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Cladus: Eukaryota
Regnum: Plantae
Divisio: Magnoliophyta
Classis: Liliopsida
Subclassis: Liliidae
Ordo: Asparagales
Familia: Alliaceae
Tribus: Hippeastreae
Subtribu: Hippeastrineae
Genus: Rhodophiala
Species: R. advena - R. ananuca - R. andicola - R. andina - R. araucana - R. bagnoldii - R. bakeri - R. berteroana - R. bifida - R. biflora - R. chilensis - R. cipoana - R. colonum - R. consobrina - R. flava - R. fulgens - R. lineata - R. maculata - R. moelleri - R. montana - R. phycelloides - R. popetana - R. pratensis - R. rhodolirion - R. rosea - R. splendens - R. tiltilensis


Rhodophiala C.Presl 1846


* Rhodolirium Phil., Linnaea 29: 65 (1857).
* Myostemma Salisb., Gen. Pl.: 135 (1866).
* Bathya Ravenna, Bot. Australis 2: 11 (2003).


* The International Plant Names Index Rhodophiala.
* Presl, Carl, 1846: Abhandlungen der Koniglichen Bohmischen Gesellschaft der Wissenschaften. Prague, ser. 5, 3: 545.
* Royal Botanic Gardens, Kew Rhodophiala.
* GBIF .

Rhodophiala is a genus of herbaceous, perennial and bulbous plants in the Amaryllis family (Amaryllidaceae). It consists in 28 South American species distributed in southern Brazil, Argentina, and, specially, in Chile.


Members of Rhodophiala look like small-flowered hippeastrums or multiflowered habranthi. It has been placed in Hippeastrum, in the former Amaryllis or even in a new genus Rhodolirium. The foliage, narrowly strap-shaped leaves, is very different from all known hippeastrums and rather resembles that of the large flowered Habranthus or Zephyranthes.

The list of Rhodophiala species, with their complete scientific name and authority, is given below.[2]

* Rhodophiala advena (Ker Gawl.) Traub,[3] from Central Chile.
* Rhodophiala ananuca (Phil.) Traub, [3] from Northern Chile.
* Rhodophiala andicola (Poepp.) Traub, [3] distributed from Chile to Argentina (Neuquén).
* Rhodophiala andina Phil.,[4] from Central Chile.
* Rhodophiala araucana (Phil.) Traub, [3] distributed from Chile to Southern Argentina.
* Rhodophiala bagnoldii (Herb.) Traub, [5] from Northern and Central Chile.
* Rhodophiala bakeri (Phil.) Traub, [3] from Central Chile.
* Rhodophiala berteroana (Phil.) Traub, [5] from Central Chile.
* Rhodophiala bifida (Herb.) Traub,[6] distributed from Southern Brazil to Argentina (Buenos Aires).
* Rhodophiala biflora Phil.,[7] from Chile.
* Rhodophiala chilensis (L'Hér.) Traub, [3] from Chile.
* Rhodophiala cipoana Ravenna,[8] endemic to Brazil (Minas Gerais).
* Rhodophiala colonum (Phil.) Traub, [3] from Southern Chile.
* Rhodophiala consobrina (Phil.) Traub, [5] from Central Chile.
* Rhodophiala flava (Phil.) Traub, [3] from Southern Chile.
* Rhodophiala fulgens (Hook.f.) Traub, [3] from Central Chile.
* Rhodophiala gilliesiana (Herb.) ined. distributed from Chile to Southern Argentina.
* Rhodophiala lineata (Phil.) Traub, [3] from Chile.
* Rhodophiala maculata (L'Hér.) Ravenna,[9] from Chile.
* Rhodophiala moelleri (Phil.) Traub, [5] from Southern Chile.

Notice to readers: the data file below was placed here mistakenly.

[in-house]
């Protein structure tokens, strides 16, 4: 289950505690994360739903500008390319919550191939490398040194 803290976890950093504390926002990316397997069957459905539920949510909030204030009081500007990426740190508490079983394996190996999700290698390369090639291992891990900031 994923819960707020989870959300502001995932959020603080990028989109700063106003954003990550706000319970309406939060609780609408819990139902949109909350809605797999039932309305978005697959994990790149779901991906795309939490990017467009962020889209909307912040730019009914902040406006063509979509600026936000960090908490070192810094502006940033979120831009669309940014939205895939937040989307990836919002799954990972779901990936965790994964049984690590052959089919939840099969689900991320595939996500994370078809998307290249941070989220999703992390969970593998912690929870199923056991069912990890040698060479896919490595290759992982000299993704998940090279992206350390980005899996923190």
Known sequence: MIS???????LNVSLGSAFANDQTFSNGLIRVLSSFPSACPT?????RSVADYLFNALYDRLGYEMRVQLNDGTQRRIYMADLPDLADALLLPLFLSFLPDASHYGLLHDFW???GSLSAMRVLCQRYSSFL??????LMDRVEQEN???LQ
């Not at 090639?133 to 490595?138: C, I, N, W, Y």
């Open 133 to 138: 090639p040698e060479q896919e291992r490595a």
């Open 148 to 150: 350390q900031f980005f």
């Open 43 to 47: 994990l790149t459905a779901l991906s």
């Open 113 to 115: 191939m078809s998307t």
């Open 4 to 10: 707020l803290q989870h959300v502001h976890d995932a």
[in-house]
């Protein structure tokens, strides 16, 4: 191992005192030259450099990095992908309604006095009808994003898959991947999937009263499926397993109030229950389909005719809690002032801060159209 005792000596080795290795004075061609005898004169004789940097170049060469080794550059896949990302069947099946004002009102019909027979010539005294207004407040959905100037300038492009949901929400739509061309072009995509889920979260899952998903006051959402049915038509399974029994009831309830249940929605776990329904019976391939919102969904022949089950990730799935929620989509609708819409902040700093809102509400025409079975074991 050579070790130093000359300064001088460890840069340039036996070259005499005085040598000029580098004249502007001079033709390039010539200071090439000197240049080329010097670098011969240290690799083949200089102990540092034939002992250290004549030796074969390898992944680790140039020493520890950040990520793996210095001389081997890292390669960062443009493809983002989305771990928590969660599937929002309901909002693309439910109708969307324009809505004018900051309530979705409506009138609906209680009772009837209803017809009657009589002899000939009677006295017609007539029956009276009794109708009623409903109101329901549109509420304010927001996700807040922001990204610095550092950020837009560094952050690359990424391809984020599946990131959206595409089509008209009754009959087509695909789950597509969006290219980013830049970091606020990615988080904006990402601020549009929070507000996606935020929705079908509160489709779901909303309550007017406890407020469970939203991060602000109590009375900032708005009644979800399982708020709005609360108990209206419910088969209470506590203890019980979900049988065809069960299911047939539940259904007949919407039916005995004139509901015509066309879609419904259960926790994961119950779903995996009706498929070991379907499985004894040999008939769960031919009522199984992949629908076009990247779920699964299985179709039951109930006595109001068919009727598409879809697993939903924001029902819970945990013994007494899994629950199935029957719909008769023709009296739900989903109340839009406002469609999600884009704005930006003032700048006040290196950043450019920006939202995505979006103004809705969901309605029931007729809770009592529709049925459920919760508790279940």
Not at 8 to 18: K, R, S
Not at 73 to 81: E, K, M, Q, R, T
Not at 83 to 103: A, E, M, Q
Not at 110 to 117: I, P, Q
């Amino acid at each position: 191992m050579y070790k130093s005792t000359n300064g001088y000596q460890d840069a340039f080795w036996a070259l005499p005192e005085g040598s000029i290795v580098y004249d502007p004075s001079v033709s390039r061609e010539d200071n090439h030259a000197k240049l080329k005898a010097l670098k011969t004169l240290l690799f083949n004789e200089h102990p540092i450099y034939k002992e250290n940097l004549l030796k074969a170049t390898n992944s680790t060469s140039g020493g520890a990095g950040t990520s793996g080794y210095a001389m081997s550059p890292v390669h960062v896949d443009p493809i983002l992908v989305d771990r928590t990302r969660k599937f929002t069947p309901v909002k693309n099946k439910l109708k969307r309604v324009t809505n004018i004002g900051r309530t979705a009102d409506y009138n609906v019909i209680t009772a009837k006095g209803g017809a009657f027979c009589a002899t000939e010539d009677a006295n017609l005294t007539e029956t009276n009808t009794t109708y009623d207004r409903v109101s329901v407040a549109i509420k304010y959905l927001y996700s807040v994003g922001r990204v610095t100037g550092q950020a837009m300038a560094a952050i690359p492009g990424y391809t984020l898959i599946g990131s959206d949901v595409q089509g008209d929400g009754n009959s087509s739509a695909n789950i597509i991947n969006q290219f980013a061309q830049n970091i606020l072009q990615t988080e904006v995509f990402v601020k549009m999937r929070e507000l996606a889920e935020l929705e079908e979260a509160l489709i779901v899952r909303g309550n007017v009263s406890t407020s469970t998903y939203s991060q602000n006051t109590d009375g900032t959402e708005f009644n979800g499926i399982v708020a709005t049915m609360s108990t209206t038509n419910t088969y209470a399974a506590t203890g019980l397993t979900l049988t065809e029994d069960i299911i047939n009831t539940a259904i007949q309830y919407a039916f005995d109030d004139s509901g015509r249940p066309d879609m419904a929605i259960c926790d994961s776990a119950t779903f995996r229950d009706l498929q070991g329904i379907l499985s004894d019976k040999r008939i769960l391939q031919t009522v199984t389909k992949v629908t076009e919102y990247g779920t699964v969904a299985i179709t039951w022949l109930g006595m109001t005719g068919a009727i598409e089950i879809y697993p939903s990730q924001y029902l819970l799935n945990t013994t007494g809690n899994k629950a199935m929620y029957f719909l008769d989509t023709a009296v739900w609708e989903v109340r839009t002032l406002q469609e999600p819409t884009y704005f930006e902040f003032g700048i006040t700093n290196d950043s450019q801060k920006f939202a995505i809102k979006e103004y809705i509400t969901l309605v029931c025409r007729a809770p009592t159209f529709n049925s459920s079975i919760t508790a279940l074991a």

* Rhodophiala montana (Phil.) Traub, [3] from Chile.
* Rhodophiala phycelloides (Herb.) Hunz.,[10] fropm Chile.
* Rhodophiala popetana (Phil.) Traub, [3] from Central Chile.
* Rhodophiala pratensis (Poepp.) Traub,[11] from Northern and Central Chile.
* Rhodophiala rhodolirion (Baker) Traub, [3] distributed from Chile to Argentina (Mendoza).
* Rhodophiala rosea (Sweet) Traub,[3] from Chile.
* Rhodophiala splendens (Renjifo) Traub, [3] from Central Chile.
* Rhodophiala tiltilensis (Traub & Moldenke) Traub, [5] from Central Chile.


Several species of ths genus are cultivated as ornamental plants. From the cultivation point of view Rhodophiala species can be separated in four groups:

* The autumn/winter/spring growing Chilean species that need a dry summer dormancy, like R. bagnoldi, R. ovalleana, R. splendens, and R. advena. All of them are better grown under frost free conditions although several of them can be quite tolerant to cooler conditions. Some flower in fall without leaves, others in spring together with leaves growth.
* The spring/summer growing species from the Andes of both Chile and Argentina. They spend a long very dry winter unders snow. They include R. rhodolirion, R. araucana, R. andicola, and R. elwesii. These need cool conditions during almost all the year but are half hardy in countries like England. Flowers are produced in spring together with the leaves in most cases.
* The autumn/winter/spring growing Rhodophiala bifida from Uruguay and Argentina. It is dormant in summer but it receives rains all the year. Therefore, it is intolerant to summer drought, that would make it lose the roots. It is quite hardy. Summers always long and hot in the wild. There is an interesting range of color forms in this easy species. As a rule, a population has flowers of a single color with few, if any, variant. It flowers in late summer before foliage production.[12]


1. ^ Abh. Königl. Böhm. Ges. Wiss., IV, 3: 545 (1845).
2. ^ Royal Botanical Gardens, Kew. World Checklist of Monocotyledons: Rhodophiala. Accessed May 26 2009.
3. ^ a b c d e f g h i j k l m n o Pl. Life 9: 60 (1953).
4. ^ Anales Univ. Chile 43: 543 (1873).
5. ^ a b c d e Pl. Life 9: 59 (1953).
6. ^ Euclides 13: 156 (1953).
7. ^ Linnaea 29: 66 (1957).
8. ^ Pl. Life 26: 86 (1970).
9. ^ Pl. Life 26: 93 (1970).
10. ^ Lorentzia 5: 15 (1985).
11. ^ Taxon 1: 122 (1952)
12. ^ Castillo, A. 2003. Rhodophiala. Pacific Bulb Society. Retrieved 29 May 2009.

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Source: Wikipedia, Wikispecies: All text is available under the terms of the GNU Free Documentation License